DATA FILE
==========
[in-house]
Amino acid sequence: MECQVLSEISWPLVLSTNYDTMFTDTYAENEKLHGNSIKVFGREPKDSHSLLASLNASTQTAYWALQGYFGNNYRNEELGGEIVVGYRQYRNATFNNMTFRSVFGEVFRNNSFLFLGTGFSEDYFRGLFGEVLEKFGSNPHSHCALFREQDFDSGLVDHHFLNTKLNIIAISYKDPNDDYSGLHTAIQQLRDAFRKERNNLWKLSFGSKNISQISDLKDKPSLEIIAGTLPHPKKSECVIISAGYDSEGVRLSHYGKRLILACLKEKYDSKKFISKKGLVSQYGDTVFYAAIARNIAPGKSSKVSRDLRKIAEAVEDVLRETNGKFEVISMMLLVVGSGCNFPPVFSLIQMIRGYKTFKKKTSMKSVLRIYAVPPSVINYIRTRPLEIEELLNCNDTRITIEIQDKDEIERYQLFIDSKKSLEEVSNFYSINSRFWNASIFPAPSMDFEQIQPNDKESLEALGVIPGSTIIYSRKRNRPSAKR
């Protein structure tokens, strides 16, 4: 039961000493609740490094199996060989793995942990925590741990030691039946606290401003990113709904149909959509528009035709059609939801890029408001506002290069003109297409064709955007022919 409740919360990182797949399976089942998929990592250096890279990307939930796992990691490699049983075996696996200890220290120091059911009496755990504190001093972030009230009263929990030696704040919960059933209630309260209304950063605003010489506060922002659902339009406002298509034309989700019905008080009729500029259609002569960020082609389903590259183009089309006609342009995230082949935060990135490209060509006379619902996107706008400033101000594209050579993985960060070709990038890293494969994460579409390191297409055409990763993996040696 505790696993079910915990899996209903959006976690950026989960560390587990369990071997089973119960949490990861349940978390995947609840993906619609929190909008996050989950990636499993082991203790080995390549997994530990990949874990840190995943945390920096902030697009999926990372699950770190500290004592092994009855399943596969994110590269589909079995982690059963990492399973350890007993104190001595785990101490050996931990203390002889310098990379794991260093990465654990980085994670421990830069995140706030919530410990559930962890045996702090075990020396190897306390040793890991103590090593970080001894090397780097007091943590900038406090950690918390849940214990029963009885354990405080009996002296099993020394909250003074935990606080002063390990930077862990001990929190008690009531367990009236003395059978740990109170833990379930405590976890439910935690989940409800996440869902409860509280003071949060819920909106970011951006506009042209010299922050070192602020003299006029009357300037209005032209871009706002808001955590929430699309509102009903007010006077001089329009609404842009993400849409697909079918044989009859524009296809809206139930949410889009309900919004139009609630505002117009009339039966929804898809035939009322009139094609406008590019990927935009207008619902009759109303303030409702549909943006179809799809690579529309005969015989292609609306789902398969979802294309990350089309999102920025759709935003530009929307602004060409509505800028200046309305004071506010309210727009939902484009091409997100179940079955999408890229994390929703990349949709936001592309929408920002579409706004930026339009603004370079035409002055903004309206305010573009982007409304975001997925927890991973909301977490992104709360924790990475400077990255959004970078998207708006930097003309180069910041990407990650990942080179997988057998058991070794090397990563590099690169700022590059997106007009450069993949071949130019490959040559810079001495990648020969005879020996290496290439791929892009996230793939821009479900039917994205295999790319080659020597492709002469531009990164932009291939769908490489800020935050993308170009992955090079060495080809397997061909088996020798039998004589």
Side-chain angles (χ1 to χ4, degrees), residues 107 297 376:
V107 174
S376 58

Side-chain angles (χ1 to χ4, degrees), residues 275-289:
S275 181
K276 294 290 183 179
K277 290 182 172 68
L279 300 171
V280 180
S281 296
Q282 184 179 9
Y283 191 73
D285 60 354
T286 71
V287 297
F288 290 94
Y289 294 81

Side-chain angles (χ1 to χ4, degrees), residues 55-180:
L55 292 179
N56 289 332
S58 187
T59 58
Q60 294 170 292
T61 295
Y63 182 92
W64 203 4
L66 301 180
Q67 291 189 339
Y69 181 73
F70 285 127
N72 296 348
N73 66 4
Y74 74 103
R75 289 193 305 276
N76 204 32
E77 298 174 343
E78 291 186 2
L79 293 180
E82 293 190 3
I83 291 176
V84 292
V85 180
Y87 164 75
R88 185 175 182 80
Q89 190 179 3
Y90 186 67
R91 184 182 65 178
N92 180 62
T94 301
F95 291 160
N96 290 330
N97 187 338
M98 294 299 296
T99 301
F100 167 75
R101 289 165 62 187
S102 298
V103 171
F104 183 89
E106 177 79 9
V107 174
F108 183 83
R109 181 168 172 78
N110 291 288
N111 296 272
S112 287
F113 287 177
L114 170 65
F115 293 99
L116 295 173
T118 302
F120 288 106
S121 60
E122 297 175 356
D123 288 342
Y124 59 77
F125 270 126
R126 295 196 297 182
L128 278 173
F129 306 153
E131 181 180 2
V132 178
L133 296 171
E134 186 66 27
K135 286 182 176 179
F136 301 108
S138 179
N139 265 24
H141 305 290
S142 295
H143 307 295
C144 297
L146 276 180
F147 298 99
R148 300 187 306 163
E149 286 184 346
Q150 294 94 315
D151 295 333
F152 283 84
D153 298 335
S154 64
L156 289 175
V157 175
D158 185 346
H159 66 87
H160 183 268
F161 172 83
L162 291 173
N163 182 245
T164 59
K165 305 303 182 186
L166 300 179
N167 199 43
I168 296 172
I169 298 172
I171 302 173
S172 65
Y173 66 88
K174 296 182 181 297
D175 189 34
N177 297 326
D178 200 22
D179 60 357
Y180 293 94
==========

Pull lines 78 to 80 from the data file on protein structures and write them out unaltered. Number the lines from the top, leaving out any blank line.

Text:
D123 288 342
Y124 59 77
F125 270 126